I have my potatoes chitting in the greenhouse, ready to go out on Good Friday (the traditional day to plant spuds, this year 2nd April). My husband is feeling very pleased with himself because he managed to find a variety called ‘Record’ which a potato expert in Aberdeen once told him was THE very best potato to roast (whatever variety you chose, a little goose fat never goes amiss).
While pondering the merits of different potatoes, I noticed that the Guardian newspaper has sparked an impassioned debate over the best way to mash potatoes, recieving over 260 comments on the blog. http://www.guardian.co.uk/lifeandstyle/wordofmouth/2010/mar/15/best-mashed-potato-method.
How much milk or butter? Should we follow Delia Smith’s demented idea and use an electric whisk? What about food wizard Heston Blumenthal’s strange looking goo? Then there is the perennial issue of Waxy vs. Floury potato.
When I first started growing potatoes, I grew girly waxy, salad varieties, shunning those floury things, beloved by blokes to accompany stew, that fall apart when you boil them. All that changed when I interviewed potato guru Alan Romans, author of the definitive tome on spuds ‘The Potato Book’. Don’t boil potatoes, he chided, steam them! Nothing falls apart when you steam it, and besides, floury potatoes have a better favour than waxy ones. How right he was. I suppose floury potatoes are something you grow into, rather like whisky or Chanel No. 5.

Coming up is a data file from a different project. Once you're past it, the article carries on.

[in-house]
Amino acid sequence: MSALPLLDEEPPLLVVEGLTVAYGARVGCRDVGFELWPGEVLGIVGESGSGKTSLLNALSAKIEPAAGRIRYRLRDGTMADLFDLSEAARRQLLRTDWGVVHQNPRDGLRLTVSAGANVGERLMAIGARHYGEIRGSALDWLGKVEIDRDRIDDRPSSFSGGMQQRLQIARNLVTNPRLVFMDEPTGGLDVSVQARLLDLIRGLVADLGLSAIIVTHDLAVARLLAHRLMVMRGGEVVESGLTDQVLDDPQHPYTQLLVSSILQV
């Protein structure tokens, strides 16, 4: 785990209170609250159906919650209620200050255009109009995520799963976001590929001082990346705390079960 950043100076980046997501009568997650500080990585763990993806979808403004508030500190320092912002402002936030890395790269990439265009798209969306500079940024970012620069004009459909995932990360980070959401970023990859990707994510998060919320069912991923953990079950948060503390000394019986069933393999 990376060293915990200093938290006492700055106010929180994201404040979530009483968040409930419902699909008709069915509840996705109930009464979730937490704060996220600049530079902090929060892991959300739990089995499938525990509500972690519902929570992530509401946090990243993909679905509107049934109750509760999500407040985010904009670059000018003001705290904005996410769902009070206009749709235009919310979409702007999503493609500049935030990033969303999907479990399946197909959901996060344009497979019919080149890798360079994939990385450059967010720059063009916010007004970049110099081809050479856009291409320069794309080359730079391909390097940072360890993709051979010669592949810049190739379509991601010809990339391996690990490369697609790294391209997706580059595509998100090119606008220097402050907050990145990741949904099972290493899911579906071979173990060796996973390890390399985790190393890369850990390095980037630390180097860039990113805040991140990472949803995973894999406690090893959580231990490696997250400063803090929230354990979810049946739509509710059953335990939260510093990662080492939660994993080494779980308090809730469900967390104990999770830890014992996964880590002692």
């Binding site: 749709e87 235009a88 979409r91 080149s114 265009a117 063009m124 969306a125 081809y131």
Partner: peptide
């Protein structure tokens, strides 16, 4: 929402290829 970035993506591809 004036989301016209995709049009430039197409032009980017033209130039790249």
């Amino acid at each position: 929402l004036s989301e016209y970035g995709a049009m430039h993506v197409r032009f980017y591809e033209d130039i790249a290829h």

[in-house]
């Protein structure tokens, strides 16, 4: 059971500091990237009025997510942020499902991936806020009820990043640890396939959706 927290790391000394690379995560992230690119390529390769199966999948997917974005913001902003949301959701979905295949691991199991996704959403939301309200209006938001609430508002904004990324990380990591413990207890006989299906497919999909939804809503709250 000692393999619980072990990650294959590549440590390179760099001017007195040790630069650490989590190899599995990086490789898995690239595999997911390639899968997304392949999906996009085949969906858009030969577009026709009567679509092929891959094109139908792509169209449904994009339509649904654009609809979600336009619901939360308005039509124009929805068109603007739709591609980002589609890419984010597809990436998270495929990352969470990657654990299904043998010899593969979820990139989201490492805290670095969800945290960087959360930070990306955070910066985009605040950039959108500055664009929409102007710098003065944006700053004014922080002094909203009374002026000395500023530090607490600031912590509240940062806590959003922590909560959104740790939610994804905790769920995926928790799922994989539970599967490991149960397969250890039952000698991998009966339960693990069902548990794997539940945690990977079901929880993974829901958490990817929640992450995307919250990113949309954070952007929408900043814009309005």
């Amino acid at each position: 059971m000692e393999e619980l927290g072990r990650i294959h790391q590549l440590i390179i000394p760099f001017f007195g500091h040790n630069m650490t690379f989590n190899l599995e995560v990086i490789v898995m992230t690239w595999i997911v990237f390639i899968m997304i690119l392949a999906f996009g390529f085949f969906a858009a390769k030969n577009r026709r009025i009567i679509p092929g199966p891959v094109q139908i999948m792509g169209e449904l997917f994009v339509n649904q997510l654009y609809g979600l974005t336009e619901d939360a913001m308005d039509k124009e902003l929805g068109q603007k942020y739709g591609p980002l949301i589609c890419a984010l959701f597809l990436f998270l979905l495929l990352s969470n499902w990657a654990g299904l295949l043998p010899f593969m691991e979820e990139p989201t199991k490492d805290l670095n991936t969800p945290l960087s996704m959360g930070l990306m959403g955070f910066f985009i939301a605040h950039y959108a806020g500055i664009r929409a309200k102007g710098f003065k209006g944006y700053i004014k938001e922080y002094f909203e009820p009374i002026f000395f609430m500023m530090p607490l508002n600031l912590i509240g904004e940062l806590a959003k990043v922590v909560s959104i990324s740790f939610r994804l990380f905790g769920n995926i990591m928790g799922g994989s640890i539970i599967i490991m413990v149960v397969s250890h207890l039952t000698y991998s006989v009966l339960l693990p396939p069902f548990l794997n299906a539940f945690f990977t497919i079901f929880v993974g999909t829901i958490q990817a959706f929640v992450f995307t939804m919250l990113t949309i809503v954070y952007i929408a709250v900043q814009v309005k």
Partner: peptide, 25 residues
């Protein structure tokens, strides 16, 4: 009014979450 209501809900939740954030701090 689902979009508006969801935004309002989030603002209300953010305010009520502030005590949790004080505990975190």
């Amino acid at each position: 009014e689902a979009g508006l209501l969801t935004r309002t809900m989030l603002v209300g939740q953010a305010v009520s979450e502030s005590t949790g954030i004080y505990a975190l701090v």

So, where does Mr Romans stand on the great mashed potato debate? His resounding answer to the readers of this blog: ‘Arran Victory’. They are dry, tasty, fine textured and not yellow’. There you have it, the master has spoken.
Not all potatoes perform well on all soils. King Edwards prefers heavy soil, but our allotment has rather sandy soil (well suited to ‘Picasso’). It’s best to ask other people around you what has grown well for them.